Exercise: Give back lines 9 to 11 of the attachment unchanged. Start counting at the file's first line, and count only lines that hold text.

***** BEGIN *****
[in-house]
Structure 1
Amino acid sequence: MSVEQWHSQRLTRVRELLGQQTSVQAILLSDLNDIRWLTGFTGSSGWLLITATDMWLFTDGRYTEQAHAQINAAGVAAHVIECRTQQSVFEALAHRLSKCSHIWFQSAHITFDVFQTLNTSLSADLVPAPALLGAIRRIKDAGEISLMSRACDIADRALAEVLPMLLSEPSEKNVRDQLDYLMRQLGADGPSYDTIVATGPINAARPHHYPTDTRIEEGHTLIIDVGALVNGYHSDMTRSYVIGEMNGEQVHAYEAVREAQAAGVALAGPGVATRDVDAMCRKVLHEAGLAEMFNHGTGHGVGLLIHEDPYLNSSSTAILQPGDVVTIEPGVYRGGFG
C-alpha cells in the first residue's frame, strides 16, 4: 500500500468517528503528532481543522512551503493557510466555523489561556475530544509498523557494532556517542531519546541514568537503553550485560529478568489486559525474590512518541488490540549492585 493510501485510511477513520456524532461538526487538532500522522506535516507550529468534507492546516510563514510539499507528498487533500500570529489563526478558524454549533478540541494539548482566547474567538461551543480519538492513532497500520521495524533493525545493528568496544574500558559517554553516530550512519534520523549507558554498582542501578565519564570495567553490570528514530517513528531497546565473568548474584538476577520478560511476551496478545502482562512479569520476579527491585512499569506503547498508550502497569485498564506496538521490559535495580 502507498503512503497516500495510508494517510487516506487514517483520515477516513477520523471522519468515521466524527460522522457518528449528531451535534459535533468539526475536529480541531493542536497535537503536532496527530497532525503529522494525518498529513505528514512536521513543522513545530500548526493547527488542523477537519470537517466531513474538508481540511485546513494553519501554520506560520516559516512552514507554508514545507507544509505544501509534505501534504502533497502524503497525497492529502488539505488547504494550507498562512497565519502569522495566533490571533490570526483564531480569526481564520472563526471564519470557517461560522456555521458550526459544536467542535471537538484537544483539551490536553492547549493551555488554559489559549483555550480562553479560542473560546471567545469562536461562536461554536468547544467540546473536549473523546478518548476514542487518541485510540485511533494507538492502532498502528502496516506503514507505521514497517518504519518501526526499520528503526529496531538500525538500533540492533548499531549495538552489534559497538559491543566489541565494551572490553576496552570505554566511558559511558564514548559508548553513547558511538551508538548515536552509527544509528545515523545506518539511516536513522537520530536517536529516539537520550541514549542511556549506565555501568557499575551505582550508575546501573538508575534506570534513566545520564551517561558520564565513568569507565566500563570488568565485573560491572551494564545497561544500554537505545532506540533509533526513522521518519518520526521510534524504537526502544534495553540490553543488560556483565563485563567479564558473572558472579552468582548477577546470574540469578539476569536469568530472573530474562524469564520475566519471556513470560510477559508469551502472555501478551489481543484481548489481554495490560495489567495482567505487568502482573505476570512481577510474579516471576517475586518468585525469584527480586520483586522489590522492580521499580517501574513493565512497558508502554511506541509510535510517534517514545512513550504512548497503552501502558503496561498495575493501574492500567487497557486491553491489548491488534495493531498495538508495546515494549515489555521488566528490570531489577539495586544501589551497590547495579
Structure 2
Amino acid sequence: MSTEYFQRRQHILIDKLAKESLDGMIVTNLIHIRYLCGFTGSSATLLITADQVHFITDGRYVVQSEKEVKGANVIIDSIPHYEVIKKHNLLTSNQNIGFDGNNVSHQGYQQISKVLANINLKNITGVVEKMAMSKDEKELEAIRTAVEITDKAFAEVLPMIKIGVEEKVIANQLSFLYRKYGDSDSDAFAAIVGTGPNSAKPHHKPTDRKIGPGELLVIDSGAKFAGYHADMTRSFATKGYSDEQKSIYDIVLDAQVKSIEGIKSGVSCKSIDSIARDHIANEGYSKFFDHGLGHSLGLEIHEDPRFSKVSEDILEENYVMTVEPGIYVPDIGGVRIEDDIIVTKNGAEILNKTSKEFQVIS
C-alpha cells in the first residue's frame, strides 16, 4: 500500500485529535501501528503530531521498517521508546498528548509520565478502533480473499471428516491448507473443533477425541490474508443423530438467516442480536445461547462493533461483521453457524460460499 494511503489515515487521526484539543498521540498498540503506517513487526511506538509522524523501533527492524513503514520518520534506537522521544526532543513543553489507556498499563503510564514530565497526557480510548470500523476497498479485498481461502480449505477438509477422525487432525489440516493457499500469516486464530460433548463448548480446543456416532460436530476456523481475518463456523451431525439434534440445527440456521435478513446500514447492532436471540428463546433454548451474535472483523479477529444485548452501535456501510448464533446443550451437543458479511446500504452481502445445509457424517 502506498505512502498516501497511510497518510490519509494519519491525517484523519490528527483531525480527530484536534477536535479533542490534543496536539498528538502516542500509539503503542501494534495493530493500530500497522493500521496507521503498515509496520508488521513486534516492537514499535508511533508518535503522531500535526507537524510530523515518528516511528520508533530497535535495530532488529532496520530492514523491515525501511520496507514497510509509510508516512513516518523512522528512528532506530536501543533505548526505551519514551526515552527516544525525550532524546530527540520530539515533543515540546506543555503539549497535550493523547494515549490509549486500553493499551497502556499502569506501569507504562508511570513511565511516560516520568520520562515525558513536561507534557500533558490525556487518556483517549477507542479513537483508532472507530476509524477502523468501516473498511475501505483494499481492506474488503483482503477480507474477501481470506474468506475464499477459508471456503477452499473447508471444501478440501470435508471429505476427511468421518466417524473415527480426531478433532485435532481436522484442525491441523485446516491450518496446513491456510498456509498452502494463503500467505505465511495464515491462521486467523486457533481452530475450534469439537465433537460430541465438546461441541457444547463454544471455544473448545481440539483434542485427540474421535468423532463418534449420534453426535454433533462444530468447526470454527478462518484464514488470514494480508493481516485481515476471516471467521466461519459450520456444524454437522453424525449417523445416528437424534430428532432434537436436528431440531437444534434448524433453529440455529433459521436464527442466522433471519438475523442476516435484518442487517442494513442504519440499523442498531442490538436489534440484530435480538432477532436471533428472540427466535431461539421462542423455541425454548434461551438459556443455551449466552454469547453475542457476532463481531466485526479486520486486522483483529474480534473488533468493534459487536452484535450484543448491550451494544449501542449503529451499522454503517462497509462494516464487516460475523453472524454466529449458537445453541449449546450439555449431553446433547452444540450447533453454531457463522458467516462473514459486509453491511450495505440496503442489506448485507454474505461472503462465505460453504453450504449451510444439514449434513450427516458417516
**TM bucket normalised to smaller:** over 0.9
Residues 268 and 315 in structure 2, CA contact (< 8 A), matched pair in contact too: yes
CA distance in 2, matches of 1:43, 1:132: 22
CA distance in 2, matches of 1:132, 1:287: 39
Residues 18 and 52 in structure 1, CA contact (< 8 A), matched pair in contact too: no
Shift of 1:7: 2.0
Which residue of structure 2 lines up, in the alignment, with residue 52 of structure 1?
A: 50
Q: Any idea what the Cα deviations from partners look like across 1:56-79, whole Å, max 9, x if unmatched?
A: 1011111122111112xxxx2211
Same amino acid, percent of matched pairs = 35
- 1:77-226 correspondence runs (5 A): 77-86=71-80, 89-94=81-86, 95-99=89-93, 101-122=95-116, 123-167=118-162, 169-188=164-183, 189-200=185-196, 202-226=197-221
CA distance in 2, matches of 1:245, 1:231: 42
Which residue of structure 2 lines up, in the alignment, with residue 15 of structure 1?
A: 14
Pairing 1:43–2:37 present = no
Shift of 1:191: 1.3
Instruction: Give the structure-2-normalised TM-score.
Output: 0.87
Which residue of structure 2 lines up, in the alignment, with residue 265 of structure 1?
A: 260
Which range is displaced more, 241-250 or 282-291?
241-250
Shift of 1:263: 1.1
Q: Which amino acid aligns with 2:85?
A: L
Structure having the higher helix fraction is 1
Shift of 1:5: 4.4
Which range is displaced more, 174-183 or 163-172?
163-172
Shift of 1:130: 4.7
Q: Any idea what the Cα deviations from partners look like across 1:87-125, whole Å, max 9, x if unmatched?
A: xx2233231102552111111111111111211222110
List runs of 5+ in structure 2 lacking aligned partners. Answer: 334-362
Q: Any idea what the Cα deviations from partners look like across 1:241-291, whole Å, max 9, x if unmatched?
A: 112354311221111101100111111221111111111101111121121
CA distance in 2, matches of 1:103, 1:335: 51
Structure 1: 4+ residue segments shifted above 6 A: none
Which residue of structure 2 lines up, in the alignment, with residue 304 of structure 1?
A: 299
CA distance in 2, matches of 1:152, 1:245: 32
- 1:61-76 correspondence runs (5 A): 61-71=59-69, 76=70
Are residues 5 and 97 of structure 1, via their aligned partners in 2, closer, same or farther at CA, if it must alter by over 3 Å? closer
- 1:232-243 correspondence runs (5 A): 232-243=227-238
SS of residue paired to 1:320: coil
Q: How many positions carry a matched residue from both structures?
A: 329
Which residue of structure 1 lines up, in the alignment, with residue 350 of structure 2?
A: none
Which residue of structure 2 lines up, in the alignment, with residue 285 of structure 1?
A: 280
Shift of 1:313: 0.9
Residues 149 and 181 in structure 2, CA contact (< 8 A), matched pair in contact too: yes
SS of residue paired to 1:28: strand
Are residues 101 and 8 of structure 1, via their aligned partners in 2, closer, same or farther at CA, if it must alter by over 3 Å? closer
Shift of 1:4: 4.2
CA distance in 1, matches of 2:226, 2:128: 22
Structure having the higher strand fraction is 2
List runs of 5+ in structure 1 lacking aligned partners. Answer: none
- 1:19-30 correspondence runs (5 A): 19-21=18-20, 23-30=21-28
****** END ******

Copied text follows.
Residues 268 and 315 in structure 2, CA contact (< 8 A), matched pair in contact too: yes
CA distance in 2, matches of 1:43, 1:132: 22
CA distance in 2, matches of 1:132, 1:287: 39